Although Frederick Starr, Head of Central Asia-Caucasus Institute at Johns Hopkins University, and the first developer of “Silk Road Strategy”, did not believe in Blake view and argued that Central Asia and Afghanistan should be connected to southern ports like Karachi, Gwadar, Bandar Chabahar, and Bandar Abbas to exit the geopolitical deadlock and facilitate regional trade, the US policymakers, with the implementation of two plans of “New Silk Road Strategy” and “Greater Central Asia”, practically walked along the past path in order to exclude Iran, the Russian Federation, and the People’s Republic of China from the energy and goods transit routes and weaken the traditional position of these three countries in the process of economic and trade developments in Central Asia, Afghanistan, and South Asia.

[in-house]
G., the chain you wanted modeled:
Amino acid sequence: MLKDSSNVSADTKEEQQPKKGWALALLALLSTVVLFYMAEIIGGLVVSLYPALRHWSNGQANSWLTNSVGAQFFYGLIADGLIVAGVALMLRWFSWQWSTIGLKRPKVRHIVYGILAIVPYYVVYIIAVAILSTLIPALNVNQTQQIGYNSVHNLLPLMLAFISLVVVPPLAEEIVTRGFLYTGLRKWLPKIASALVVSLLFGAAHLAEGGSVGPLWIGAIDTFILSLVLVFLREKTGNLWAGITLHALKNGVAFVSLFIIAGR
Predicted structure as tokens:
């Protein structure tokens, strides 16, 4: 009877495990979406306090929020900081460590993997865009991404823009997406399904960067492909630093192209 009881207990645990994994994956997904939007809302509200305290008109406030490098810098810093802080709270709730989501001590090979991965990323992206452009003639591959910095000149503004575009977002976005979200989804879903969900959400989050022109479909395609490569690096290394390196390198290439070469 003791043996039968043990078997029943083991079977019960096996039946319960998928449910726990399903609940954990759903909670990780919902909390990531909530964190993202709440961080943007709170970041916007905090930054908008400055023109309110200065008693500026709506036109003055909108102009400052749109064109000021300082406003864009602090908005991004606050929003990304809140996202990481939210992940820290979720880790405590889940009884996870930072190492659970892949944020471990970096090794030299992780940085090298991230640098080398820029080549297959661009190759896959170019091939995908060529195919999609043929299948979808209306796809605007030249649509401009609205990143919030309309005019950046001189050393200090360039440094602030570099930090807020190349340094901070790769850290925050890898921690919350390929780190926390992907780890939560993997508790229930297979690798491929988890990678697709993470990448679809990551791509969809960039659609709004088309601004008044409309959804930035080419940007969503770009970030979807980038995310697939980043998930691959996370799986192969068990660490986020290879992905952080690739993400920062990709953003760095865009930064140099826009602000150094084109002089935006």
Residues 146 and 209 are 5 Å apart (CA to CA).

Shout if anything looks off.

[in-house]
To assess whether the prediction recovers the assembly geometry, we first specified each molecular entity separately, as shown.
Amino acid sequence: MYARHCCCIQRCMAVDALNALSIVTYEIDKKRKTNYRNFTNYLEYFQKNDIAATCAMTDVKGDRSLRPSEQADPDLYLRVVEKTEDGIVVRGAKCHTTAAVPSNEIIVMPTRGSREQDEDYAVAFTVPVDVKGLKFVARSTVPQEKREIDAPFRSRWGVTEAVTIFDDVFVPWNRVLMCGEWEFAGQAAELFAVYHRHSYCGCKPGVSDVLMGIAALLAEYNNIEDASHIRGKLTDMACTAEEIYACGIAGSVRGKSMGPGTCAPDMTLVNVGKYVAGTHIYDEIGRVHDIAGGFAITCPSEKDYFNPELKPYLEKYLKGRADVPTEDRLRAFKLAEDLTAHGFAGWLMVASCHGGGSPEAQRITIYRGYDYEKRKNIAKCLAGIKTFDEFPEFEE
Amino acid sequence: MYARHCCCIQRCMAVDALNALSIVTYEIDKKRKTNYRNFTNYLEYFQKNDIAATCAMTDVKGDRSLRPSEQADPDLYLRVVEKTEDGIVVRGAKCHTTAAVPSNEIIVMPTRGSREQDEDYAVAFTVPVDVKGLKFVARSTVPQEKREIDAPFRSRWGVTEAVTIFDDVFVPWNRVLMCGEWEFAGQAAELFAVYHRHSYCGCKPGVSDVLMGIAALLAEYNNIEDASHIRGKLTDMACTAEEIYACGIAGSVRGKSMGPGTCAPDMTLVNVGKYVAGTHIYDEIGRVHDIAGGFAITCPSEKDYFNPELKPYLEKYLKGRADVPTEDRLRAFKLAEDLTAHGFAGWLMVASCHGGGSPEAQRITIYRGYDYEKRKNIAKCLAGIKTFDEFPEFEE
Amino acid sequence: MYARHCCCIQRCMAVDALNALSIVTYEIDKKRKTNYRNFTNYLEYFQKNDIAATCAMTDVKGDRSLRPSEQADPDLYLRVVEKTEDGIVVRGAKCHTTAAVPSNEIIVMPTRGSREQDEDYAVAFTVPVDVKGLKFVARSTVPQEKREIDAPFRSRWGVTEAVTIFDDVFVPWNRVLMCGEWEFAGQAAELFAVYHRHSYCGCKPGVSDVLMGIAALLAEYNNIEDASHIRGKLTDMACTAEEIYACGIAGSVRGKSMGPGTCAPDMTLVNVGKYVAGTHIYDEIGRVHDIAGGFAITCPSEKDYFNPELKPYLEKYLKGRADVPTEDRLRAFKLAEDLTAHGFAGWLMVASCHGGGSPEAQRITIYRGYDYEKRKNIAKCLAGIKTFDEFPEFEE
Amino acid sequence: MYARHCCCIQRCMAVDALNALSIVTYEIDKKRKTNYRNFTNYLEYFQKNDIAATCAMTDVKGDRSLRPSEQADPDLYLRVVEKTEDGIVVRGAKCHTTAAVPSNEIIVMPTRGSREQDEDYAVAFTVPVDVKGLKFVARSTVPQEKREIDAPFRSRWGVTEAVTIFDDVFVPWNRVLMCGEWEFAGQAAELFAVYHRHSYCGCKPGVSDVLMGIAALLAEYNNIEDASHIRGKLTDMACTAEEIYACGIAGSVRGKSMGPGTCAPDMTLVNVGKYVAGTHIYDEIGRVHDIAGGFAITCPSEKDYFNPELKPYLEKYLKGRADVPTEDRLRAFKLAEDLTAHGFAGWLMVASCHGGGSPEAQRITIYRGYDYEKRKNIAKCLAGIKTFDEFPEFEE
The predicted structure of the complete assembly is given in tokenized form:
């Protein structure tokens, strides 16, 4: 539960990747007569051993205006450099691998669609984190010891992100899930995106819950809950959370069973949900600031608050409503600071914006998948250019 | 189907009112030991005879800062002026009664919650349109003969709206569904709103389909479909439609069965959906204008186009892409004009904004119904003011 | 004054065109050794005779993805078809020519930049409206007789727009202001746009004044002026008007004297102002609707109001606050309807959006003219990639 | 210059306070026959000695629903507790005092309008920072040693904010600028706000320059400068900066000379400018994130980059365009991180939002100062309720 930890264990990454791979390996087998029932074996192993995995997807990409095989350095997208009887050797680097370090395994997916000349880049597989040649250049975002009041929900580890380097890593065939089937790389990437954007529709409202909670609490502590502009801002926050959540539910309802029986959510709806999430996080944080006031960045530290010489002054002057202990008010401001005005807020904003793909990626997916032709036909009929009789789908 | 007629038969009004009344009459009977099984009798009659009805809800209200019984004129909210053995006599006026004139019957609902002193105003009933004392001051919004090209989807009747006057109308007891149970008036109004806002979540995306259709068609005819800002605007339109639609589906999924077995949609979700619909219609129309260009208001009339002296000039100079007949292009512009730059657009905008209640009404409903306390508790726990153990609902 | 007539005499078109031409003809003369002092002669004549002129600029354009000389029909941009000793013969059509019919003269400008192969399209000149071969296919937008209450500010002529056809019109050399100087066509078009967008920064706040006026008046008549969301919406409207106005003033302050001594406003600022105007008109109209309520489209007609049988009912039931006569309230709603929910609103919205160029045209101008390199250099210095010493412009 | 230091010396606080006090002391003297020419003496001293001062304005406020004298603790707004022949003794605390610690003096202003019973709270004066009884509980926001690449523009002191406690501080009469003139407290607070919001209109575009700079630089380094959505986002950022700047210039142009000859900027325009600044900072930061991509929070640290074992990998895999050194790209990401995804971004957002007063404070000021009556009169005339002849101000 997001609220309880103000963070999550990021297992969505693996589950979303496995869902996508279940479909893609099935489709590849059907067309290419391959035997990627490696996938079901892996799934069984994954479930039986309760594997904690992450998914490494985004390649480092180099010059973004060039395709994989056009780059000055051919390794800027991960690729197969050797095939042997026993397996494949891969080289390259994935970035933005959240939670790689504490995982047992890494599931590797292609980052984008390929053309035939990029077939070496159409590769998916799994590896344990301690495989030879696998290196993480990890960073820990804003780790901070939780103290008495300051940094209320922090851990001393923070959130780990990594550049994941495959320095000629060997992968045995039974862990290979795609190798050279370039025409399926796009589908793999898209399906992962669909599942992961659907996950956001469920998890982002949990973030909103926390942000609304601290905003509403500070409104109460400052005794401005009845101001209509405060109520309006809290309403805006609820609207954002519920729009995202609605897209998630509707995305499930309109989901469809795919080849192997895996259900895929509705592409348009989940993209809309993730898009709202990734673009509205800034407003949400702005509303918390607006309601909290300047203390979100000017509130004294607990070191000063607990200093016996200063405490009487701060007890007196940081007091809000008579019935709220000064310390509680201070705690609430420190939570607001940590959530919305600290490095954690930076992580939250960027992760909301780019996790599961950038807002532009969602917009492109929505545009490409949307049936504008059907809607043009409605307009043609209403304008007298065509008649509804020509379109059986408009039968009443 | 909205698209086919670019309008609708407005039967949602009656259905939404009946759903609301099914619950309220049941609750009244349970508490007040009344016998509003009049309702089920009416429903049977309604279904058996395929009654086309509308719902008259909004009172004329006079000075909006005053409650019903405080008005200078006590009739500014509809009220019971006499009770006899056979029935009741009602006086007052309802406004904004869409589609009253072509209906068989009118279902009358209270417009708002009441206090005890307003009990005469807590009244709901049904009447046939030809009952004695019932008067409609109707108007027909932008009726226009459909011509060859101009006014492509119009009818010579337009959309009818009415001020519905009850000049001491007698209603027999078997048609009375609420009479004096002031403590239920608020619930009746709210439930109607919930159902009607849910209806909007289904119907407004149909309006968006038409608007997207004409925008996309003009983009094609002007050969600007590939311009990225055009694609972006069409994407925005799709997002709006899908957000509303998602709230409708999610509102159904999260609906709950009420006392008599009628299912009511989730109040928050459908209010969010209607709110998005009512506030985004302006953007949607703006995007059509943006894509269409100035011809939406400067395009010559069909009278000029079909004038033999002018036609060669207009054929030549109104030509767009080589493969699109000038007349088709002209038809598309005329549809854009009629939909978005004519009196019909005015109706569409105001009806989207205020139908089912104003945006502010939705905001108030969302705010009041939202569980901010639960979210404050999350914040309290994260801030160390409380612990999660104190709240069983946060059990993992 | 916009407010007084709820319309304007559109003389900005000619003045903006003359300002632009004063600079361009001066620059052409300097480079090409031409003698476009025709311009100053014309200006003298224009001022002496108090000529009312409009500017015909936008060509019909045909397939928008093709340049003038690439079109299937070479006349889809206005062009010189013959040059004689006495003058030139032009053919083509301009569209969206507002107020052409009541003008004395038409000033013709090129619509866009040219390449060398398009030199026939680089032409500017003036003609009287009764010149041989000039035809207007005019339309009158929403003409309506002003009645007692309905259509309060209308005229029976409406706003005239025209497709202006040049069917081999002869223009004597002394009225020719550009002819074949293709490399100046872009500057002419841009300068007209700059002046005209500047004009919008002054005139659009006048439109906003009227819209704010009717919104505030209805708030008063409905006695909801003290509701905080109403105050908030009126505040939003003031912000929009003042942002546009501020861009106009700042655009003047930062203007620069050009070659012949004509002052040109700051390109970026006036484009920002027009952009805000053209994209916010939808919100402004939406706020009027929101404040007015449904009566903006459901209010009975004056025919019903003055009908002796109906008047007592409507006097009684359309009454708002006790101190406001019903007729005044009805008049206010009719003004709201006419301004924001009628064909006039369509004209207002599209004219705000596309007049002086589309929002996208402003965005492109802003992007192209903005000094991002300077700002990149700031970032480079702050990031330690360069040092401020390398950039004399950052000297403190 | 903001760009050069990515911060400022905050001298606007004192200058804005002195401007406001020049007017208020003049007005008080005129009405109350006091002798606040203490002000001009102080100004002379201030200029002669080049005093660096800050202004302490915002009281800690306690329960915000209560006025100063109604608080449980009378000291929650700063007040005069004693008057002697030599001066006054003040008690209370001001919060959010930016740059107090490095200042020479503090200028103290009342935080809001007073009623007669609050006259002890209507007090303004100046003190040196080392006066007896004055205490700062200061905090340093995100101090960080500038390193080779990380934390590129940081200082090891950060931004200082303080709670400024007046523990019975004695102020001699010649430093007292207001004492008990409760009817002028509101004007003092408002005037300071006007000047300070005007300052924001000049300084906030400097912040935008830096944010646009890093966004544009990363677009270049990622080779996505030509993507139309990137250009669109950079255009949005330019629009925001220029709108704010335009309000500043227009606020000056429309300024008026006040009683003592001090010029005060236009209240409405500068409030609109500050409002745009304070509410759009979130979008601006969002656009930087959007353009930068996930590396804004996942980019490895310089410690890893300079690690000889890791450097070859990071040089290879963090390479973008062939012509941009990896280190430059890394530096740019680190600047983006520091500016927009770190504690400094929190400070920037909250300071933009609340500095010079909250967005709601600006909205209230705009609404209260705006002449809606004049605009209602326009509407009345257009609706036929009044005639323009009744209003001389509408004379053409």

While Iran and the great powers reached a comprehensive nuclear agreement last summer and the UN Security Council sanctions have been removed, no specific change has been noticed yet. Needless to say that, Iran is geographically the natural neighbor of Central Asia, Afghanistan, and South Asia and also has played an important role in the collapse of the Taliban regime in Afghanistan and the formation of a national government in this country in Bonn Conference. Security, stability, and economic development of these regions are inextricably linked to Iran’s security. In this regard, multilateral mechanisms and regional cooperation are among the most effective ways for improving the situation in Central Asia, Afghanistan, and South Asia. A two-decade experience clearly shows that zero-sum-game approach is not to the interests of regional states at all. Hence, the Joint Comprehensive Plan of Action (JCPOA) is an opportunity for Iran’s effective economic and commercial presence in the region. The recent agreement between Iran, Afghanistan, and India in relation to Chabahar Port is a good example of this presence. The continuation and expansion of such approach in other regions and arenas will definitely lead to financial infrastructure improvement, trade expansion and last but not least, security and sustainable development in the regions.